07/06/2006 12:00AM

New Jersey racing ready to resume


The path has been cleared for racing in New Jersey to reopen after Gov. Jon Corzine and state legislators agreed to the framework of a new state budget Thursday that will allow for the resumption of state government.

How soon racing, and the other forms of legal gambling that were closed by the budget impasse, can resume was not immediately clear, but it appeared that Saturday's Grade 1, $750,000 United Nations Stakes at Monmouth Park will be run as scheduled.

Corzine announced the budget deal in a Thursday afternoon press conference in the state capital of Trenton. He said that the process of reopening state government will take time.

"Once a bill incorporating these principles is passed by both houses, we can begin the orderly process of reopening all facets of government and the private sector that have been forced to shutter," Corzine said. "I expect that to occur within the next 24 to 36 hours."

The status of Monmouth's Friday card remained uncertain as of Thursday evening. Monmouth lost its Thursday card to the government shutdown, and the toll was worse at the Meadowlands, which lost three harness programs through Thursday night.

The budget crisis began when the constitutional deadline of July 1 passed without a balanced budget. Corzine ordered a shutdown of "nonessential" state agencies, including the New Jersey Racing Commission and the Casino Control Commission. By state statute, gambling cannot take place without on-site inspectors.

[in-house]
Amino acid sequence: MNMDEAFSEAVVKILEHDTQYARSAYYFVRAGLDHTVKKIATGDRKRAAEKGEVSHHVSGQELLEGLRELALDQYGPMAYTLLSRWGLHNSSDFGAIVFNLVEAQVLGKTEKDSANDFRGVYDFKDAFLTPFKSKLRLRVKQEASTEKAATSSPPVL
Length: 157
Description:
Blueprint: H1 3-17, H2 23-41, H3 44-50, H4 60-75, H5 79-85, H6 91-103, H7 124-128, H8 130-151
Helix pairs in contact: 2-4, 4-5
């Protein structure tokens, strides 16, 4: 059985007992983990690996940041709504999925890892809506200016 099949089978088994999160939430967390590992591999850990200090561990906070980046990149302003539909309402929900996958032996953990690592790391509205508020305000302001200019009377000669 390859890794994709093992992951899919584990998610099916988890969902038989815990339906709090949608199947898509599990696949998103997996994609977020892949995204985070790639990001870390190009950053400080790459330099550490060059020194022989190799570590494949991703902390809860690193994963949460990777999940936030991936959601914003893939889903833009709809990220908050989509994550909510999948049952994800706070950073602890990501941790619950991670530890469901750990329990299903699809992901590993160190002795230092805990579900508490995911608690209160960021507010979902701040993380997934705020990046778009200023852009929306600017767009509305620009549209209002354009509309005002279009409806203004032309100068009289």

Corzine refused requests to add gaming regulators to the list of essential services functioning through the government shutdown.

In separate legal actions, the casinos and the state's horsemen won court orders that kept the casinos and Monmouth open through the Fourth of July holiday.

Monmouth and the Meadowlands, which are owned and operated by the New Jersey Sports and Exposition Authority, were awaiting word Thursday as to when the racing commission's supervisory personnel would return to work.

"We're glad to see there is an agreement in principle," said Chris McErlean, the authority's vice president for both tracks. "We're ready to go. We can't proceed until the commission employees are told to come back to work.

"The races are drawn. The programs are printed. Everything is in place. We still don't have the regulators."

McErlean said a decision on Monmouth's Friday card would be made early Friday morning. An announcement on the Meadowlands's Friday night card was expected early that afternoon.

The state government shutdown had forced the suspension of all live racing, simulcasting, and account wagering in the state as of 12:01 a.m. Wednesday.

By 8 a.m. Wednesday, the 12 casinos in Atlantic City were closed. With the lottery suspended on Saturday, there was a total embargo on legal gambling in New Jersey.

Corzine and the legislators were locked in a battle over Corzine's demand for a hike in the state sales tax from 6 to 7 percent to close a $4.5 billion budget deficit.

Ultimately, the legislators capitulated. Corzine got the sales tax increase.